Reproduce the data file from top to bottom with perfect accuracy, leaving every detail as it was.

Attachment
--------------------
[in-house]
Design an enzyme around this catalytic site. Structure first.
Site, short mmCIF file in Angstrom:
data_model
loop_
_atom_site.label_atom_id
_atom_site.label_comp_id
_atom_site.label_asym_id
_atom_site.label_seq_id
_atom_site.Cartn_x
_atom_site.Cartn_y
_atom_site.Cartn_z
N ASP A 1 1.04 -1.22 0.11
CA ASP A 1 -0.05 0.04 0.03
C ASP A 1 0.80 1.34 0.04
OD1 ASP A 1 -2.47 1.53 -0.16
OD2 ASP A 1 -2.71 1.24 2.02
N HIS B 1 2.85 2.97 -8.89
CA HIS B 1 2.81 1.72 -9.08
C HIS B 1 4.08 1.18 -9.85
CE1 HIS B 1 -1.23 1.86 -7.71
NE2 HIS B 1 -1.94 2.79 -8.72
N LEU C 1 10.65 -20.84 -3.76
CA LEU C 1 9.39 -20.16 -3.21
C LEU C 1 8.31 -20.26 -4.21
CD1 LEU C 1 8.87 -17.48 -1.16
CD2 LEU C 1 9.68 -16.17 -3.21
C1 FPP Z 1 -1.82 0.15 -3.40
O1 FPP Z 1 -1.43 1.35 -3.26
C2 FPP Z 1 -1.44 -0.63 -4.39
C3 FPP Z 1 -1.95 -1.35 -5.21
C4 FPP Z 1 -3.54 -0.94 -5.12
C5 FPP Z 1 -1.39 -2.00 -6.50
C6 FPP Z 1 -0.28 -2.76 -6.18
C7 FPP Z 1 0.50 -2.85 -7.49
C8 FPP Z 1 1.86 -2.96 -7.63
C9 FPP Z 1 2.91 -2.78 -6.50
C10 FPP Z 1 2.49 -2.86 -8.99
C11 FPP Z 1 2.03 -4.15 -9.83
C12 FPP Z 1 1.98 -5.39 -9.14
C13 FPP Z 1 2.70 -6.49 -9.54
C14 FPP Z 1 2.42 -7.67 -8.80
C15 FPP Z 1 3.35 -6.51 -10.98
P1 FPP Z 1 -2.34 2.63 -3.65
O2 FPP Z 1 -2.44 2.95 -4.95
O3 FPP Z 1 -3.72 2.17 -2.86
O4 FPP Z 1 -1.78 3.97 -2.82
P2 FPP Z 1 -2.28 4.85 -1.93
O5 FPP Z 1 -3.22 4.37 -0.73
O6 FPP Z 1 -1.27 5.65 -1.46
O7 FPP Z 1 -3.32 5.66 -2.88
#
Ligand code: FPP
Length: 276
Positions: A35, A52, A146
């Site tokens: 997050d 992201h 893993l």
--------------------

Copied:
[in-house]
Design an enzyme around this catalytic site. Structure first.
Site, short mmCIF file in Angstrom:
data_model
loop_
_atom_site.label_atom_id
_atom_site.label_comp_id
_atom_site.label_asym_id
_atom_site.label_seq_id
_atom_site.Cartn_x
_atom_site.Cartn_y
_atom_site.Cartn_z
N ASP A 1 1.04 -1.22 0.11
CA ASP A 1 -0.05 0.04 0.03
C ASP A 1 0.80 1.34 0.04
OD1 ASP A 1 -2.47 1.53 -0.16
OD2 ASP A 1 -2.71 1.24 2.02
N HIS B 1 2.85 2.97 -8.89
CA HIS B 1 2.81 1.72 -9.08
C HIS B 1 4.08 1.18 -9.85
CE1 HIS B 1 -1.23 1.86 -7.71
NE2 HIS B 1 -1.94 2.79 -8.72
N LEU C 1 10.65 -20.84 -3.76
CA LEU C 1 9.39 -20.16 -3.21
C LEU C 1 8.31 -20.26 -4.21
CD1 LEU C 1 8.87 -17.48 -1.16
CD2 LEU C 1 9.68 -16.17 -3.21
C1 FPP Z 1 -1.82 0.15 -3.40
O1 FPP Z 1 -1.43 1.35 -3.26
C2 FPP Z 1 -1.44 -0.63 -4.39
C3 FPP Z 1 -1.95 -1.35 -5.21
C4 FPP Z 1 -3.54 -0.94 -5.12
C5 FPP Z 1 -1.39 -2.00 -6.50
C6 FPP Z 1 -0.28 -2.76 -6.18
C7 FPP Z 1 0.50 -2.85 -7.49
C8 FPP Z 1 1.86 -2.96 -7.63
C9 FPP Z 1 2.91 -2.78 -6.50
C10 FPP Z 1 2.49 -2.86 -8.99
C11 FPP Z 1 2.03 -4.15 -9.83
C12 FPP Z 1 1.98 -5.39 -9.14
C13 FPP Z 1 2.70 -6.49 -9.54
C14 FPP Z 1 2.42 -7.67 -8.80
C15 FPP Z 1 3.35 -6.51 -10.98
P1 FPP Z 1 -2.34 2.63 -3.65
O2 FPP Z 1 -2.44 2.95 -4.95
O3 FPP Z 1 -3.72 2.17 -2.86
O4 FPP Z 1 -1.78 3.97 -2.82
P2 FPP Z 1 -2.28 4.85 -1.93
O5 FPP Z 1 -3.22 4.37 -0.73
O6 FPP Z 1 -1.27 5.65 -1.46
O7 FPP Z 1 -3.32 5.66 -2.88
#
Ligand code: FPP
Length: 276
Positions: A35, A52, A146
């Site tokens: 997050d 992201h 893993l």